Not sure when to cut back or transplant your ornamental grasses?
Start by noticing when your plants send up blades of new growth in spring.
Early, cool-season grasses, such as blue fescue (Festuca glauca) and blue oat grass (Helictotrichon sempervirens), start growing in early spring and flower in late spring to early summer. Cut back the old growth by one-half to two-thirds of their height in late winter, before new leaves appear. Cool-season grasses take a rest in the summer heat, and then they may produce fresh growth in fall.
Plant or divide cool-season grasses in very early spring or late summer.
Warm-season grasses, such as maiden grass (Miscanthus sinensis) and switch grass (Panicum virgatum), are slow to emerge in spring. But they grow quickly when the weather warms up, reaching full height toward the end of the summer and then flowering and producing seedheads.
Plant or divide them in spring. Cut off their dead tops any time from mid-fall to mid-spring, making sure to do so before the new growth gets more than a few inches tall. That way, you won't damage the tips of young shoots.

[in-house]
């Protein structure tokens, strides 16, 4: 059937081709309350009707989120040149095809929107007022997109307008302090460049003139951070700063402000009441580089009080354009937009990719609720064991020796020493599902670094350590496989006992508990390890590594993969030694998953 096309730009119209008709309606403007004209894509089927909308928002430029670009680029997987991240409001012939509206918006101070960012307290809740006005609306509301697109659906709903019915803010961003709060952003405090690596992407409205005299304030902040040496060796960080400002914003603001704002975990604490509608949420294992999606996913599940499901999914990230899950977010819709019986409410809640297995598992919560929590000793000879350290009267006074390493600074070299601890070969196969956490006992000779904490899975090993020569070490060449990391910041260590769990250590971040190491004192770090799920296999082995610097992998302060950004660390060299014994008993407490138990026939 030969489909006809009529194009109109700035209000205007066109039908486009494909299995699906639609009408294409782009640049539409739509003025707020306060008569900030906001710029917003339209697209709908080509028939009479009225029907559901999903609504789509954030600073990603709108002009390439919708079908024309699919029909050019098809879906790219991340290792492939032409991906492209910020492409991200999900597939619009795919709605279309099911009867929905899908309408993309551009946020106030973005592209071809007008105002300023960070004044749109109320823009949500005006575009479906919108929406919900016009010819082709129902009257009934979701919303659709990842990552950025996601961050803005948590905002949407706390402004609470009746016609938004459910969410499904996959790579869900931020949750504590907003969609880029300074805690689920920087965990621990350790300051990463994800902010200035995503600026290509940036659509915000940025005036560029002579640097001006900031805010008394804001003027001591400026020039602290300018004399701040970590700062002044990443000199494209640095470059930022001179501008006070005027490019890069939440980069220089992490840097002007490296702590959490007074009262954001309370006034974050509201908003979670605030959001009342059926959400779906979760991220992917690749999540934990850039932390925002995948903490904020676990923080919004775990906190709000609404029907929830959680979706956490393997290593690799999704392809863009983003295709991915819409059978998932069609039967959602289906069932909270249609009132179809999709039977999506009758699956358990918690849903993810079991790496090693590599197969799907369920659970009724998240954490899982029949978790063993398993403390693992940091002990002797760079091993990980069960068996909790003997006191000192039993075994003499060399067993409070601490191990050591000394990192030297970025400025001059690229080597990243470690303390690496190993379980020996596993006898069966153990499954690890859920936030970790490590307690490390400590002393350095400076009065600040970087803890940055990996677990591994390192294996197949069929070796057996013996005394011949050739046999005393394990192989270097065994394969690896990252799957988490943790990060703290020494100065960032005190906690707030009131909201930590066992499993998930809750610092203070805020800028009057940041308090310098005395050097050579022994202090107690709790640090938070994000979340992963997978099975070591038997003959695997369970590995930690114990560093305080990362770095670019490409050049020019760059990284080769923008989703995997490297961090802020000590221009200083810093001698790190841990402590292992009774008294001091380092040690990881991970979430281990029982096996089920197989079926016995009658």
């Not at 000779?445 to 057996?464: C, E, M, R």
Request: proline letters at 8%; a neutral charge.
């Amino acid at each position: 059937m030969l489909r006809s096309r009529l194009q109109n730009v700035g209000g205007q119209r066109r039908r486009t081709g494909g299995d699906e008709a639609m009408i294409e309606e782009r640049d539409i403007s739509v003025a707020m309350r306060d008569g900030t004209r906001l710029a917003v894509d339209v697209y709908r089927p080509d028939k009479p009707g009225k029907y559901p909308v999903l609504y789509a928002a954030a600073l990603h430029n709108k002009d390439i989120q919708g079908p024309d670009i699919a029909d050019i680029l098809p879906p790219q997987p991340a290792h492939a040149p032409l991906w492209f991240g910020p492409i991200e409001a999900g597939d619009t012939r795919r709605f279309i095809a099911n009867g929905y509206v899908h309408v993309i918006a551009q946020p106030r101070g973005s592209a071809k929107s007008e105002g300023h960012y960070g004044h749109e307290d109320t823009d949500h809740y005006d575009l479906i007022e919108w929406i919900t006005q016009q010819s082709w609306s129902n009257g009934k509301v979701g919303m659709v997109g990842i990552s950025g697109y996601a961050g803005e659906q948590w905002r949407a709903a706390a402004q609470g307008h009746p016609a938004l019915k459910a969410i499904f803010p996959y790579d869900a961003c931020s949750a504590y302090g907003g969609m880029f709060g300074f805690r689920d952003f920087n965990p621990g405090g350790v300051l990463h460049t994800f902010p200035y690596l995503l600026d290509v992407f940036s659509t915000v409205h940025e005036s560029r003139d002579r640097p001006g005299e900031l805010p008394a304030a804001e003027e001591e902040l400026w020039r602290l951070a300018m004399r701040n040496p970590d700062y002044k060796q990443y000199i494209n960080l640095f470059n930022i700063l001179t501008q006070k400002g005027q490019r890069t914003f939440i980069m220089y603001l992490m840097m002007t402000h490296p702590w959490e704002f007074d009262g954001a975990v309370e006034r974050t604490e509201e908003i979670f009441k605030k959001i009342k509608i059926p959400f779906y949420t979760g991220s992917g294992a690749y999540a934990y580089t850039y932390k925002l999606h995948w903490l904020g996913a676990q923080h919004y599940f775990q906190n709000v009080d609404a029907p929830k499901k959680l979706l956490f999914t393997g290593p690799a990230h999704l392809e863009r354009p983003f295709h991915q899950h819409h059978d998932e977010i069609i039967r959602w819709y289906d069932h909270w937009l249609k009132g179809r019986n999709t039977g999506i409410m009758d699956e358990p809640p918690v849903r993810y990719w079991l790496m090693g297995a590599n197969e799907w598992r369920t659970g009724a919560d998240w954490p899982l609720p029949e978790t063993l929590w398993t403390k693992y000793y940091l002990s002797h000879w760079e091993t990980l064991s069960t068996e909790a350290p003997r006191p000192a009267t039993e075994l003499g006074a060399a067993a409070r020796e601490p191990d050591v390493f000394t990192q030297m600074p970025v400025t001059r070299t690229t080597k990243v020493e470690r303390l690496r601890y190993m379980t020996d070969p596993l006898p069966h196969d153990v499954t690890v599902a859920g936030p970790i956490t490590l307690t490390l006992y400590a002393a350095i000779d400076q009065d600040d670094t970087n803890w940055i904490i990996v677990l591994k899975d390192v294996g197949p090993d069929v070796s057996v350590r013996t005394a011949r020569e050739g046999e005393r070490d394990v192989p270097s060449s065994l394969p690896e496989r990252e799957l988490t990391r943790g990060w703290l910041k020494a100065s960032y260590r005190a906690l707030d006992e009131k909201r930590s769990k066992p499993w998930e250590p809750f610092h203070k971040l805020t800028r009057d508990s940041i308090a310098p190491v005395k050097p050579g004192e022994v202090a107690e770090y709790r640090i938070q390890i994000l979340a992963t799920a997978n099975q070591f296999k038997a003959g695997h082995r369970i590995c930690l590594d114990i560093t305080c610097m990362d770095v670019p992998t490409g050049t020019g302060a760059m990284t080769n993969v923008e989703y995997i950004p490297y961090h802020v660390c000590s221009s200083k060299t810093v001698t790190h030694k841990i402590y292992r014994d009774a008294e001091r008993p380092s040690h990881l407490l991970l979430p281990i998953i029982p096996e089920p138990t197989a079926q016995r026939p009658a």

Cut down small grasses with hand shears or garden scissors. For larger grasses, try handheld hedge shears, a power hedge trimmer or a chain saw.
Wear gloves, long pants and long sleeves when handling ornamental grasses to protect your skin from the leaves' sharp edges.
Check with your local university extension for more growing tips, or refer to The Perennial Care Manual: A Plant-by-Plant Guide: What to Do and When to Do It (Storey, 2009) for more tips on these lovely, workhorse perennials.